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Teaching Puberty Doesn't Have to Be Awkward!

Amy Lauren Smith

Editor's note: Ready to tackle this uncomfortable topic? This advice from Choices teacher-advisor Amy Lauren Smith--a 6th to 8th grade health teacher at the Shanghai American School in Shanghai, China, and the brilliant mind behind our Teacher's Guide each month--will help you handle these lessons calmly and gracefully. Use her guidance while you teach A Survival Guide To Your Body Right Now in this month's issue of Choices. (And if you're looking for more info on teen hygiene, this previous Choices story is worth revisiting.)


Maybe it's the memories of difficult experiences we had as kids--the awkward health classes, the painful forced conversations with our parents, the scary (and often incorrect) information picked up on the playground--but most adults just don't like talking about puberty.

But here's the thing: this conversation doesn't need to be a difficult experience. Puberty is something that all human beings have in common. Getting kids to view it as a universal experience that they're going through together can help them feel more at ease during a time of change and stress.

After 15 years of teaching puberty, I've learned some valuable lessons. These tips will help you navigate your lessons while keeping your students--and the adults in their lives--comfortable.



  • Make sure you're aware of your state and district policies.

This is key before teaching any topic related to sexual health, as policies can vary widely between states and even districts. Hopefully you're at a school that has a clearly outlined policy. If you're not, then partner up with your admin to get one in place. 

For the most up-to-date breakdown of can and can't be taught, check out The Guttmacher Report Sex and HIV Education by State- Jan. 2017.


  • Involve the parent community.

This one is also a must, as you don't want to catch anyone by surprise. When you start teaching kids about puberty, they're going to have questions. Hopefully they're taking those questions home, so it's best to let parents know they should be expecting them. I send a letter home before our puberty unit with an outline of the topics we're going to cover, some possible dinner table conversation starters, and web resources that parents can go to for advice. We have an eager parent community, so we also team up with the guidance counselor to offer them a workshop on what to expect.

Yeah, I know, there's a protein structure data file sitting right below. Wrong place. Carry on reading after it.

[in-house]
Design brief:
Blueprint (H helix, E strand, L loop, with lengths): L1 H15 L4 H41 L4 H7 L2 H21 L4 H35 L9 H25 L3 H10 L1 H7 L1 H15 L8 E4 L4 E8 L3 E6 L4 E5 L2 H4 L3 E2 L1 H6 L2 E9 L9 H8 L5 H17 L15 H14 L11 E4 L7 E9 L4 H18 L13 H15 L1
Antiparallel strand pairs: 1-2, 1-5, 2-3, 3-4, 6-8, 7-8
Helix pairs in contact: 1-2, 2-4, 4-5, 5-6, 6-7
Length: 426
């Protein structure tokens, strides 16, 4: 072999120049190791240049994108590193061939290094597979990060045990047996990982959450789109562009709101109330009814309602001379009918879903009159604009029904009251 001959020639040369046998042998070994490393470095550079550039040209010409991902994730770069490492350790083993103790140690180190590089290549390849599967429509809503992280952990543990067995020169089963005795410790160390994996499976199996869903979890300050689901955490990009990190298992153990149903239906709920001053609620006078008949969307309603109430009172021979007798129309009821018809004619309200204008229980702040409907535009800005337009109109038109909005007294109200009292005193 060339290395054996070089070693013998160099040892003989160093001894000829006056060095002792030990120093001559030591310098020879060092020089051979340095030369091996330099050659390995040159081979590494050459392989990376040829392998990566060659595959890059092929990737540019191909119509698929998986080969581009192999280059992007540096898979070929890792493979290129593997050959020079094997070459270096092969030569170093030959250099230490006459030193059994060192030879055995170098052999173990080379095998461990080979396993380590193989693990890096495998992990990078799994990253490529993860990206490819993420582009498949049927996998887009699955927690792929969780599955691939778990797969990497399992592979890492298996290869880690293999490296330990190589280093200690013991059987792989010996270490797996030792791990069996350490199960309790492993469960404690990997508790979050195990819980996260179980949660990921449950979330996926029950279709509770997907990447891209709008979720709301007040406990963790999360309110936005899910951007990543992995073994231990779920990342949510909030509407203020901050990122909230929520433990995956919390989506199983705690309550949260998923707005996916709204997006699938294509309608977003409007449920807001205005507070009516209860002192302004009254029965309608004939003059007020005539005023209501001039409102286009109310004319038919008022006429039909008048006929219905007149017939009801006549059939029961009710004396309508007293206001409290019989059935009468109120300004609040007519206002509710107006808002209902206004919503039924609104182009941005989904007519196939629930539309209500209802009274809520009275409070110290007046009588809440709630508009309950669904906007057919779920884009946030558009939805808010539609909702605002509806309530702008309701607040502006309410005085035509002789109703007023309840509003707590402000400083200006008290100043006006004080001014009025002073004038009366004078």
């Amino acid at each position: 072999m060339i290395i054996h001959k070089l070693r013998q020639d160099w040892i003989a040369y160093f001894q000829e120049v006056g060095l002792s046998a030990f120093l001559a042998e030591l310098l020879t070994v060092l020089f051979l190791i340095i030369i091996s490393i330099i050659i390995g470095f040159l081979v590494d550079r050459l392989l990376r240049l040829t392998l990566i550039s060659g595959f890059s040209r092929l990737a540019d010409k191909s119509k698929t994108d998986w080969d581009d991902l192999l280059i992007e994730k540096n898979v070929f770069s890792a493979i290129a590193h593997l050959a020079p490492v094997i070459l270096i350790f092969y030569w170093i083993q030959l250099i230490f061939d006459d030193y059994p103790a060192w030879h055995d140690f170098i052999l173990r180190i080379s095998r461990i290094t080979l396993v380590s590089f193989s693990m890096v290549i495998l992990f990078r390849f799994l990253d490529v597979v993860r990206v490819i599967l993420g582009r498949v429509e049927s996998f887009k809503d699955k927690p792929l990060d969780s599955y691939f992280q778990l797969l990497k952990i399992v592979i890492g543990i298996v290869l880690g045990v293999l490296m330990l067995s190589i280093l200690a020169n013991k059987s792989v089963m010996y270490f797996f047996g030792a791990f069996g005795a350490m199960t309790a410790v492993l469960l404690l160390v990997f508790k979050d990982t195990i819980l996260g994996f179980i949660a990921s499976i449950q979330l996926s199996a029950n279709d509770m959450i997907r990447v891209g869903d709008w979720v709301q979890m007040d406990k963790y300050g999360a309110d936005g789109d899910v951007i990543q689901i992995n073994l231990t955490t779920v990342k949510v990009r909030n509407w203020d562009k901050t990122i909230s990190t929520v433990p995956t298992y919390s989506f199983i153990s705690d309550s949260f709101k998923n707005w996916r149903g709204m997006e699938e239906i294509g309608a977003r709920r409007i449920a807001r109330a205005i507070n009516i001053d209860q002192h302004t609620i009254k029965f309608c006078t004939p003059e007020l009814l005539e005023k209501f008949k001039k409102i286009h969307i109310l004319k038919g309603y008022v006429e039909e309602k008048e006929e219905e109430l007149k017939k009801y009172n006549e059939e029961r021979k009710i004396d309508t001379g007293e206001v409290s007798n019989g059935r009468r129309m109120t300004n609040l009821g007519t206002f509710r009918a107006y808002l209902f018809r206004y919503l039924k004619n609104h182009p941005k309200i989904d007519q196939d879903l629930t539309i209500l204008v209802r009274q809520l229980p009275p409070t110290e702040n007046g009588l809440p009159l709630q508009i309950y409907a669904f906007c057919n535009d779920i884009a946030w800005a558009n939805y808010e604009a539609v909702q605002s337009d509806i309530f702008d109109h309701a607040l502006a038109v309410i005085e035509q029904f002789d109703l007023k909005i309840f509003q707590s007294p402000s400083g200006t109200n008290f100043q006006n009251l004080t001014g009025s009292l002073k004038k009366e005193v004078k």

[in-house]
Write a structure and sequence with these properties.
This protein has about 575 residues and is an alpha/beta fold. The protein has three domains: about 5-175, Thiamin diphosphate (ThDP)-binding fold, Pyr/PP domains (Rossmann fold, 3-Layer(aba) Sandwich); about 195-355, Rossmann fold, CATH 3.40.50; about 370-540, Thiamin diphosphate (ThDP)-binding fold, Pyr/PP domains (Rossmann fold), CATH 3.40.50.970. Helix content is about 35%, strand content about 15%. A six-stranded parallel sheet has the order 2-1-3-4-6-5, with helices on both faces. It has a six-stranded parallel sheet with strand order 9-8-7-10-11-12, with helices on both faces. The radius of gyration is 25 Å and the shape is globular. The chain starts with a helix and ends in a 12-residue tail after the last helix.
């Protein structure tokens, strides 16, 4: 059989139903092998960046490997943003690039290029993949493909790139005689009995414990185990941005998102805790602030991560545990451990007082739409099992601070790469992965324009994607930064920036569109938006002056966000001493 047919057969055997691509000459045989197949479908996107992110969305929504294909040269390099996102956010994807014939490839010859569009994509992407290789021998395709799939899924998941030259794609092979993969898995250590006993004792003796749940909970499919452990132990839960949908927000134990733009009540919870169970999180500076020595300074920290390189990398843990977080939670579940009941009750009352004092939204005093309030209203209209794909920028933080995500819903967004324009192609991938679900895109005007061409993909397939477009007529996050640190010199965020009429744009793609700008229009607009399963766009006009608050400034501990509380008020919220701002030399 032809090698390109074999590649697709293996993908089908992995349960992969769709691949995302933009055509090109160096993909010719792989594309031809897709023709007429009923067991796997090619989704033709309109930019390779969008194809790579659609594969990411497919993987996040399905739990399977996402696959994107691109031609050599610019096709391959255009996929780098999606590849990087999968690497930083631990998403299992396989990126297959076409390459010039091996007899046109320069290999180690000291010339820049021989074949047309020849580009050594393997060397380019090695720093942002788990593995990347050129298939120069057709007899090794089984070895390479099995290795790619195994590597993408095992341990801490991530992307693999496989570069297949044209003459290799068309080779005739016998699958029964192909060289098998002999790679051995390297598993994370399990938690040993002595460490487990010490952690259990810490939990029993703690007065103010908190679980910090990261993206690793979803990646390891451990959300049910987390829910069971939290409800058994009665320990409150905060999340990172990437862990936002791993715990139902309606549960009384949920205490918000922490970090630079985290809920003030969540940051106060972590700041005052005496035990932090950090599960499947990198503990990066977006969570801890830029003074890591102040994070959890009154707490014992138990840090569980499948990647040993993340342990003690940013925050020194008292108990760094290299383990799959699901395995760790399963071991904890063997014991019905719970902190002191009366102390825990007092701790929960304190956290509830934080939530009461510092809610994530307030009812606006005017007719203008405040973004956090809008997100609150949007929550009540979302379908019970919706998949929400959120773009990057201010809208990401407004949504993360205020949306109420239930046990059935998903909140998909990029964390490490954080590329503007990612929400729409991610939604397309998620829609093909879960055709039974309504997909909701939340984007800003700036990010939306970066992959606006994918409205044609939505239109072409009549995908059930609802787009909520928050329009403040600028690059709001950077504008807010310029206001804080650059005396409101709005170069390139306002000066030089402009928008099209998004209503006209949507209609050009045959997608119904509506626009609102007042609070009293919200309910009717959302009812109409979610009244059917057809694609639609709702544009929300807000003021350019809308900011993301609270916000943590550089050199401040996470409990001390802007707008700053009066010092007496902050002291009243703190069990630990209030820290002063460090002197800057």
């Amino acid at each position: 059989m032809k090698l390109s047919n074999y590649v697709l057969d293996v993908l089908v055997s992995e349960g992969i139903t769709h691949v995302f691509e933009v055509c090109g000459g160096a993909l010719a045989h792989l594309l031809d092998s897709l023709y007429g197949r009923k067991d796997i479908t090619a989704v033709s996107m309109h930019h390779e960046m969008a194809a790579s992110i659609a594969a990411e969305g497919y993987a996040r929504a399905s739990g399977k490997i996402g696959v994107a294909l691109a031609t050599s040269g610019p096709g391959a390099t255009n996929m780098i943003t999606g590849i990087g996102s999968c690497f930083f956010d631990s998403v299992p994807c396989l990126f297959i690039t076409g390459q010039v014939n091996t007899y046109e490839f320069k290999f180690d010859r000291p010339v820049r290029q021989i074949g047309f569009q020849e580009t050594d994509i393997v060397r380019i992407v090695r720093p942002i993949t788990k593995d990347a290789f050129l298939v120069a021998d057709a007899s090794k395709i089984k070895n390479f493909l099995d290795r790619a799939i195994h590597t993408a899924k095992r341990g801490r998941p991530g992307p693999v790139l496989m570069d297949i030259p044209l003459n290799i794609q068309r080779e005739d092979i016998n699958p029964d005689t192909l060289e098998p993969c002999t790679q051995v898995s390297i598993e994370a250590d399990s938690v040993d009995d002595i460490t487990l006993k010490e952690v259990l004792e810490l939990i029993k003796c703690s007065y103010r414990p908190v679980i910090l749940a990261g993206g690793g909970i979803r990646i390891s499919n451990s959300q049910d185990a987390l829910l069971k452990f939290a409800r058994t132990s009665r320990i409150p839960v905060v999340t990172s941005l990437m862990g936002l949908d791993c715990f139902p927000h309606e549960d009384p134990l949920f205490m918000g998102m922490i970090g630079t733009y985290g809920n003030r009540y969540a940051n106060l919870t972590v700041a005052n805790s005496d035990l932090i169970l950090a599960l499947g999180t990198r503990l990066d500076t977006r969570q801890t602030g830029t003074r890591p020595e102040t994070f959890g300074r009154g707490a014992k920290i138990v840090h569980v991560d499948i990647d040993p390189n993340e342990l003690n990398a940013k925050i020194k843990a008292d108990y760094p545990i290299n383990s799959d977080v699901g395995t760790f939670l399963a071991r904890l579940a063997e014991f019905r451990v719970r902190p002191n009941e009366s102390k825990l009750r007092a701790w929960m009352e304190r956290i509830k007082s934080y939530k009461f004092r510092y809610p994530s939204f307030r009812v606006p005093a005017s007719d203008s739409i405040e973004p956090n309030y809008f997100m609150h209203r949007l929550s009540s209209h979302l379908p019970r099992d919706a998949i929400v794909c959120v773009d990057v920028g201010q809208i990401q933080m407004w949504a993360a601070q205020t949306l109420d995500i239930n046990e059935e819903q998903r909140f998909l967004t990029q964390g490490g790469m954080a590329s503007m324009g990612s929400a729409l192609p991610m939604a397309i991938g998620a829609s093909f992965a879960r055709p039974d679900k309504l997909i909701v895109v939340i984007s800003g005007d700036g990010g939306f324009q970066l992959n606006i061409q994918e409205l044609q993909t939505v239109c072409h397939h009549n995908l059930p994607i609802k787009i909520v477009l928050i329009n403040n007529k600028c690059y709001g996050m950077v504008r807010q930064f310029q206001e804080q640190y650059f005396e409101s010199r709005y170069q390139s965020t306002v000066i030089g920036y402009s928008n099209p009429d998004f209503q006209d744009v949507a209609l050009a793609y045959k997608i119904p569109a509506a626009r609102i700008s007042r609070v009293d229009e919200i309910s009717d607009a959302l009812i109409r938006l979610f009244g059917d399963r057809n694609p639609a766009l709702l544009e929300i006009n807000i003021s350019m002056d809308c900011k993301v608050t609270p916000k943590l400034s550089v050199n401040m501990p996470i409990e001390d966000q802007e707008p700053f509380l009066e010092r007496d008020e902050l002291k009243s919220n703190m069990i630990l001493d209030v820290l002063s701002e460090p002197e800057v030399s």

For resources to send home and some sample questions, check out Puberty Help for Parents.



  • Reinvent the wheel.

Being a teacher in the age of the internet is a glorious thing. There are gifted teachers creating curriculum and sharing it with the world, so we can find ready to go lesson plans and project ideas for basically every subject. Just remember: this is not the time you want to be pulling random lesson plans from the internet. If you need ideas, there are many non-profit groups trying to make a difference who will offer trustworthy options for curriculum.

Check out Choices 33 Online Health Resources for Teens.


  • Be afraid to laugh.

I had a seventh grader come into class the other day and flop down on the couch. Sitting there moping, he went from angry to sad to despondent to giggly. l asked him what was wrong. His answer? "Puberty."

Regardless of the wide differences in adolescent changes during puberty, the kids still have a lot in common. Focus on those things and students will feel less like an outsider and more like one of the crew. My favorite moment every year is when I tell them that feet usually grow first. They look around, realize that, yeah, everyone does have abnormally large feet in middle school--and we all have a good laugh.

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